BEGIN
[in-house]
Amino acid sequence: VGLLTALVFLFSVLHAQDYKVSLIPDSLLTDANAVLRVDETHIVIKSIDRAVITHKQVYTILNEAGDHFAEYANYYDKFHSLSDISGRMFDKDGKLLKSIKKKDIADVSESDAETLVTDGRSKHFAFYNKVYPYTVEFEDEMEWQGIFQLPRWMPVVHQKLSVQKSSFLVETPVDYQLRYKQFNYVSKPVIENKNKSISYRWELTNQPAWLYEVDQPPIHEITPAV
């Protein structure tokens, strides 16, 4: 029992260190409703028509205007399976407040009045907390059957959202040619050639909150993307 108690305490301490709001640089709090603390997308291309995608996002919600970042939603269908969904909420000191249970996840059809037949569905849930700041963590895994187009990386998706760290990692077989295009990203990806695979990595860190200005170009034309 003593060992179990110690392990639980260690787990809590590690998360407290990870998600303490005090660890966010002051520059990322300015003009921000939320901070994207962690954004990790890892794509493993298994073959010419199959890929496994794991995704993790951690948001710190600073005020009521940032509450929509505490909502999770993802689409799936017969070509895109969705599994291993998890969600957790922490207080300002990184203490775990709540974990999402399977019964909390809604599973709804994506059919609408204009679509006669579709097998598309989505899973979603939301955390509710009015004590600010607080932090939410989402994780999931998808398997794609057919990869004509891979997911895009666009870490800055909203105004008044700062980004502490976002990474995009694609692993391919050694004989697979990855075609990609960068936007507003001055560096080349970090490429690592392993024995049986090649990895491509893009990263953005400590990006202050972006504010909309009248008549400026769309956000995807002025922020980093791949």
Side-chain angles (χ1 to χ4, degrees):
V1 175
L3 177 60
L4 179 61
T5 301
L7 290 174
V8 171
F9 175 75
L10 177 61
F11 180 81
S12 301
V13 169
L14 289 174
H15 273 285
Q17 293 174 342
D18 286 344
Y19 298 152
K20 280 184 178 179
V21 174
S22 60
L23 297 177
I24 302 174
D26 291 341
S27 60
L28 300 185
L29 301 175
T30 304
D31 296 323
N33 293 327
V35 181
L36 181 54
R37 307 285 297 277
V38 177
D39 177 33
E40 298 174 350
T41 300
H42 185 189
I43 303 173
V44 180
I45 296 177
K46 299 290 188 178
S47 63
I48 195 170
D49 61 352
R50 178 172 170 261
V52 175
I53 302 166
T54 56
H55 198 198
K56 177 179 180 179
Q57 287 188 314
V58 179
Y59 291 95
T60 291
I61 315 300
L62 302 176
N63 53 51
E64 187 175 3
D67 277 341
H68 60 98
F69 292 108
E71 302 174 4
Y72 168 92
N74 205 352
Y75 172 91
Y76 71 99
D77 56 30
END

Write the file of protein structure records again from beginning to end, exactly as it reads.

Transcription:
[in-house]
Amino acid sequence: VGLLTALVFLFSVLHAQDYKVSLIPDSLLTDANAVLRVDETHIVIKSIDRAVITHKQVYTILNEAGDHFAEYANYYDKFHSLSDISGRMFDKDGKLLKSIKKKDIADVSESDAETLVTDGRSKHFAFYNKVYPYTVEFEDEMEWQGIFQLPRWMPVVHQKLSVQKSSFLVETPVDYQLRYKQFNYVSKPVIENKNKSISYRWELTNQPAWLYEVDQPPIHEITPAV
């Protein structure tokens, strides 16, 4: 029992260190409703028509205007399976407040009045907390059957959202040619050639909150993307 108690305490301490709001640089709090603390997308291309995608996002919600970042939603269908969904909420000191249970996840059809037949569905849930700041963590895994187009990386998706760290990692077989295009990203990806695979990595860190200005170009034309 003593060992179990110690392990639980260690787990809590590690998360407290990870998600303490005090660890966010002051520059990322300015003009921000939320901070994207962690954004990790890892794509493993298994073959010419199959890929496994794991995704993790951690948001710190600073005020009521940032509450929509505490909502999770993802689409799936017969070509895109969705599994291993998890969600957790922490207080300002990184203490775990709540974990999402399977019964909390809604599973709804994506059919609408204009679509006669579709097998598309989505899973979603939301955390509710009015004590600010607080932090939410989402994780999931998808398997794609057919990869004509891979997911895009666009870490800055909203105004008044700062980004502490976002990474995009694609692993391919050694004989697979990855075609990609960068936007507003001055560096080349970090490429690592392993024995049986090649990895491509893009990263953005400590990006202050972006504010909309009248008549400026769309956000995807002025922020980093791949």
Side-chain angles (χ1 to χ4, degrees):
V1 175
L3 177 60
L4 179 61
T5 301
L7 290 174
V8 171
F9 175 75
L10 177 61
F11 180 81
S12 301
V13 169
L14 289 174
H15 273 285
Q17 293 174 342
D18 286 344
Y19 298 152
K20 280 184 178 179
V21 174
S22 60
L23 297 177
I24 302 174
D26 291 341
S27 60
L28 300 185
L29 301 175
T30 304
D31 296 323
N33 293 327
V35 181
L36 181 54
R37 307 285 297 277
V38 177
D39 177 33
E40 298 174 350
T41 300
H42 185 189
I43 303 173
V44 180
I45 296 177
K46 299 290 188 178
S47 63
I48 195 170
D49 61 352
R50 178 172 170 261
V52 175
I53 302 166
T54 56
H55 198 198
K56 177 179 180 179
Q57 287 188 314
V58 179
Y59 291 95
T60 291
I61 315 300
L62 302 176
N63 53 51
E64 187 175 3
D67 277 341
H68 60 98
F69 292 108
E71 302 174 4
Y72 168 92
N74 205 352
Y75 172 91
Y76 71 99
D77 56 30